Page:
Nike Flyknit is a paradigm shift.
It changes the way performance footwear is designed, produced and worn. It’s a technology that allows the upper to be created out of precisely engineered yarns to create a lightweight, formfitting and virtually seamless upper, designed to deliver great performance while reducing material waste.
Performance. Lightness. Formfitting. Sustainability.
These are the core benefits of the Nike Flyknit innovation. They are also the pillars that have broadly formed the foundation of Nike design for the last 40 years. They are ideals that require a constant evolution of problem solving through design.
The Nike Flyknit Collective
These are not qualities coveted solely by athletes looking for the competitive edge. They are a set of fundamental principles of design, art and architecture. Which is why Nike has created the Nike Flyknit Collective: a platform for creatives in all fields to convert the abstract benefits of Nike Flyknit into practical, physical structures and spaces. In their own way. And in their own communities.
UVA Floating Point, The New Aske Gardens, London
The London‐based collective UVA is formed around a cross-pollination of a number of disciplines that includes art, architecture, communication, design and computer science. UVA’s projects are progressive and innovative, often combining live performance with real-time data. Information is their principle medium and by giving it form, UVA follows many of the principles of Nike Flyknit; performance, lightness and formfitting are touchstones in these projects, taking movement, light and information as the key ingredients in their staged spectacles.
Floating Point invites people to enjoy a sense of motion and levity, whilst creating a spectacle of light and sound for the audience. The design of the artwork has been developed using three central trampolines that encourage performers to bounce on an illuminated weave surface. Capturing the essential joy of weightlessness and amplifying that flight and power, participants’ leaps are translated into sound and light that turns the installation into a musical instrument, with people’s movement determining how it is played. By working together, each group of participants generates a unique soundscape for the park.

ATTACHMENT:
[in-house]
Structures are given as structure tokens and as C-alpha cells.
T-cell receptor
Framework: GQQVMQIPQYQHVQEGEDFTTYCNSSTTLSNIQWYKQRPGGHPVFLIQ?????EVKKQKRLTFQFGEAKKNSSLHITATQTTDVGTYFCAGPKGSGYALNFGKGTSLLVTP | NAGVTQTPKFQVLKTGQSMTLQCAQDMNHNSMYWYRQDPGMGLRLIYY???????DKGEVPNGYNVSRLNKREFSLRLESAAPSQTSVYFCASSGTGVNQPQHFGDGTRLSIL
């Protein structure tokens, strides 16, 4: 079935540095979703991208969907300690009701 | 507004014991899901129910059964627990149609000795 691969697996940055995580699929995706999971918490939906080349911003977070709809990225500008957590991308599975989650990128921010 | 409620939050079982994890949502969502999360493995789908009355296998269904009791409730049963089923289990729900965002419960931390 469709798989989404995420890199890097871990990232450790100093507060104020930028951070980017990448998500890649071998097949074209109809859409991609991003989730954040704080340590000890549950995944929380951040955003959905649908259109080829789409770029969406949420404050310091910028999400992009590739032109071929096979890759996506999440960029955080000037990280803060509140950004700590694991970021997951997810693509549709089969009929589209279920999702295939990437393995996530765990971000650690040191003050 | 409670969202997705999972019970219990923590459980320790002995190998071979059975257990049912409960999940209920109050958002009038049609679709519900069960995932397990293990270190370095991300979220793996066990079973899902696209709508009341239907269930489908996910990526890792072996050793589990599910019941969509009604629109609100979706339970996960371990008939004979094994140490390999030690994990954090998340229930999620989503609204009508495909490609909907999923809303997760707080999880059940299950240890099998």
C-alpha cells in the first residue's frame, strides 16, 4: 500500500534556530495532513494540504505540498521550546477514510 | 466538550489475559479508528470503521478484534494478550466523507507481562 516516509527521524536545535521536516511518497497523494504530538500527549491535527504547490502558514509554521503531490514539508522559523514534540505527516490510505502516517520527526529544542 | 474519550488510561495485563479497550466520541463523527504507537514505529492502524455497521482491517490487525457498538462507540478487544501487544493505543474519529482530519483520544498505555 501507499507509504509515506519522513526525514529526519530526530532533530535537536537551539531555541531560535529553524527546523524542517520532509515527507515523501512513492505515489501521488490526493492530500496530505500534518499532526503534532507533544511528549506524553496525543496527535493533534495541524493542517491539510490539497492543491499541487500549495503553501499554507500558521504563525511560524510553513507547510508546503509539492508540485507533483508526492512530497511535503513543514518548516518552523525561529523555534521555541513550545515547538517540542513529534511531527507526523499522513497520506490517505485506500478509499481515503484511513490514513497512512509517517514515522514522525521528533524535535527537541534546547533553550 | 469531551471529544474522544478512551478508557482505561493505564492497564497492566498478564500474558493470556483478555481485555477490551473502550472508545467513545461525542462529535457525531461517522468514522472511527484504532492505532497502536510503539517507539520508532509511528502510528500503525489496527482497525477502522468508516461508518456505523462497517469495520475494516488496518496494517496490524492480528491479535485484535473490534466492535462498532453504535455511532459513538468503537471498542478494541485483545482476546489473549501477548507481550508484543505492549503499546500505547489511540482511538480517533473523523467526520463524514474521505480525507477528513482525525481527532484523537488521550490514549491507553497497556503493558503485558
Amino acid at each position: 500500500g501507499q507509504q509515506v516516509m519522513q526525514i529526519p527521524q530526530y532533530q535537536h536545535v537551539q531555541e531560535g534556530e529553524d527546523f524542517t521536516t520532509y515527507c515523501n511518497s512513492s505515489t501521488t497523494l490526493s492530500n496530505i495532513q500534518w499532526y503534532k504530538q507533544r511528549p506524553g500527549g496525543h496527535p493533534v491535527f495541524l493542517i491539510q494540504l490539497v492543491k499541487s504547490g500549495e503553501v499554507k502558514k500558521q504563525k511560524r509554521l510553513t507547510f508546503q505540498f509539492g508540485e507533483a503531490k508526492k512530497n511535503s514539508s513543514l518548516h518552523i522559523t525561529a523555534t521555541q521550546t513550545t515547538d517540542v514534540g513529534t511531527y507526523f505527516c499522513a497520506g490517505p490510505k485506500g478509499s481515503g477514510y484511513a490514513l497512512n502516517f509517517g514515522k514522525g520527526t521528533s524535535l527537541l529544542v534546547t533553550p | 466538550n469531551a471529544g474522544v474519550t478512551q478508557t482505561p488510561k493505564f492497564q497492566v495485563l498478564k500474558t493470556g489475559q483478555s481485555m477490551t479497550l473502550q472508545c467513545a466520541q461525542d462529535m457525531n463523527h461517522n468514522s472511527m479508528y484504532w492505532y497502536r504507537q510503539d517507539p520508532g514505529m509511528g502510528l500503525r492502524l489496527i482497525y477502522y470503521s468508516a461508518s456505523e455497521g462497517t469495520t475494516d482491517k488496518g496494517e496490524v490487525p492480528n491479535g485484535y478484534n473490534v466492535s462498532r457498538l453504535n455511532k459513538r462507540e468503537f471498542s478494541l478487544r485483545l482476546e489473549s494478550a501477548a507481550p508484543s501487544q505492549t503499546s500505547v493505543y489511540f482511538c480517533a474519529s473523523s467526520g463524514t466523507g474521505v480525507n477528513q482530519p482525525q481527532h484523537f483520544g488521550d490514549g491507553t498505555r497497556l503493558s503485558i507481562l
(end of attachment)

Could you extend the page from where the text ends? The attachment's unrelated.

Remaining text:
Jenny Sabin’s Mythread Pavllion, New York
Can you knit and braid a building? At the intersection of art, architecture, design and science, you will find Jenny Sabin who says yes. Like Nike Flyknit, which uses simple threads to create a complex formfitting structure on a performance-enhancing shoe, Sabin’s fusions of science, art and technology open the door to new ways of thinking about structure and the relationship of the body to technology. “I’m very interested in probing the human body as a bio-dynamic model that can give us new ways of thinking about issues of performance and adaptation at an architectural scale,” says Sabin. “Performance, lightness, formfitting, sustainability become immediately relevant in terms of what we are doing.”
The myThread Pavilion is the result of this approach, with a harder outside construction and softer, organic inner material. Composed of adaptive knitted, SolarActive®, reflective photo luminescent threads and a steel cable net holding hundreds of aluminum rings, the simplicity of knitted geometries meets the complexity of a body in motion. Linking biology and innovation, technology and tradition, this is an analog representation of not just the benefits of Nike Flyknit, but also the activities and performance of the individuals that went into its making. This installation's adaptable sensitivity and flexibility mirrors the human form. It is its own environment, its own community and its own energy.
Ernesto Neto OBichoSusPensoNaPaisaGen, Rio De Janeiro
ObichoSusPensoNaPaisaGen is an interactive hand made sculpture over 40 meters long and 12 meters wide, made entirely by hand, with polypropylene rope, plastic balls, and stones, using a manual crochet technique. Conceived as a hanging garden, the work invites the public into a physical and visual experience.
Neto’s piece invites participants to climb into its netted enclosure, stretch, relax and consider the qualities of formfitting structures and their interaction with the human bodies. Two ramps are offered as ways in. Along the climb, the experience is of immersion into a large three-dimensional painting. The rope knits were commissioned specially by the artist in mixed colors, in a great variety of shades of red, orange, green and purple, amongst others, mirroring the Nike Flyknit color palette.
Arthur Huangs Feather Pavillion, Shanghai
Taipai-based engineer, architect, entrepreneur and pioneer in sustainable thinking, Arthur Huang sees the world differently. His interpretation of Nike Flyknit’s key tenets resulted in the creation of The Feather. This spectacular space is a platform for showcasing every value of Nike Flyknit in an interactive, innovative way, that lets multiple concepts take flight though inspiration from nature’s own mechanical masterpiece — The Feather.
For Huang, sustainability is more than just a buzzword. It’s the art of turning trash, something of no perceived value, something seen as primitive, into something awe inspiring. Made entirely from recycled PET, each POLLI-Brick interlocks to create a resilient structure. To add further 100% organic reinforcement, recycled rice husks continue this design’s merger of tradition and the future of creativity.